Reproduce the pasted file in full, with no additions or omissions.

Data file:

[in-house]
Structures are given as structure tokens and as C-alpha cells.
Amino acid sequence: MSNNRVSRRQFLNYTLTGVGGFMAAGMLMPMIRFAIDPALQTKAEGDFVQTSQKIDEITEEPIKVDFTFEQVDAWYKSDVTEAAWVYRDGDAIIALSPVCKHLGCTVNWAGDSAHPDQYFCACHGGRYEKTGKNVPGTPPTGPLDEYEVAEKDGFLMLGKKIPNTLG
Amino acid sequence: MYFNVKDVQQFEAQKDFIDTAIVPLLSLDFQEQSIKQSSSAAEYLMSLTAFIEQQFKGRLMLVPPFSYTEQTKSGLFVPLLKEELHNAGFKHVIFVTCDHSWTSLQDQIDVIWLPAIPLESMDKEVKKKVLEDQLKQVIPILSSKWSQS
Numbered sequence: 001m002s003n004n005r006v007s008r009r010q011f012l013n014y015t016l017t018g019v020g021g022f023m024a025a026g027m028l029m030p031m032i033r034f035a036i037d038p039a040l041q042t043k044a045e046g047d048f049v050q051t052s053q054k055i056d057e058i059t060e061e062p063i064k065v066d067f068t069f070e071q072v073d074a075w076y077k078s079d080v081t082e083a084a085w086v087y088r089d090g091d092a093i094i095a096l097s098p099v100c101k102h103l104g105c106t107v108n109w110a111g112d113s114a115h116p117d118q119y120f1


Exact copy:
[in-house]
Structures are given as structure tokens and as C-alpha cells.
Amino acid sequence: MSNNRVSRRQFLNYTLTGVGGFMAAGMLMPMIRFAIDPALQTKAEGDFVQTSQKIDEITEEPIKVDFTFEQVDAWYKSDVTEAAWVYRDGDAIIALSPVCKHLGCTVNWAGDSAHPDQYFCACHGGRYEKTGKNVPGTPPTGPLDEYEVAEKDGFLMLGKKIPNTLG
Amino acid sequence: MYFNVKDVQQFEAQKDFIDTAIVPLLSLDFQEQSIKQSSSAAEYLMSLTAFIEQQFKGRLMLVPPFSYTEQTKSGLFVPLLKEELHNAGFKHVIFVTCDHSWTSLQDQIDVIWLPAIPLESMDKEVKKKVLEDQLKQVIPILSSKWSQS
Numbered sequence: 001m002s003n004n005r006v007s008r009r010q011f012l013n014y015t016l017t018g019v020g021g022f023m024a025a026g027m028l029m030p031m032i033r034f035a036i037d038p039a040l041q042t043k044a045e046g047d048f049v050q051t052s053q054k055i056d057e058i059t060e061e062p063i064k065v066d067f068t069f070e071q072v073d074a075w076y077k078s079d080v081t082e083a084a085w086v087y088r089d090g091d092a093i094i095a096l097s098p099v100c101k102h103l104g105c106t107v108n109w110a111g112d113s114a115h116p117d118q119y120f1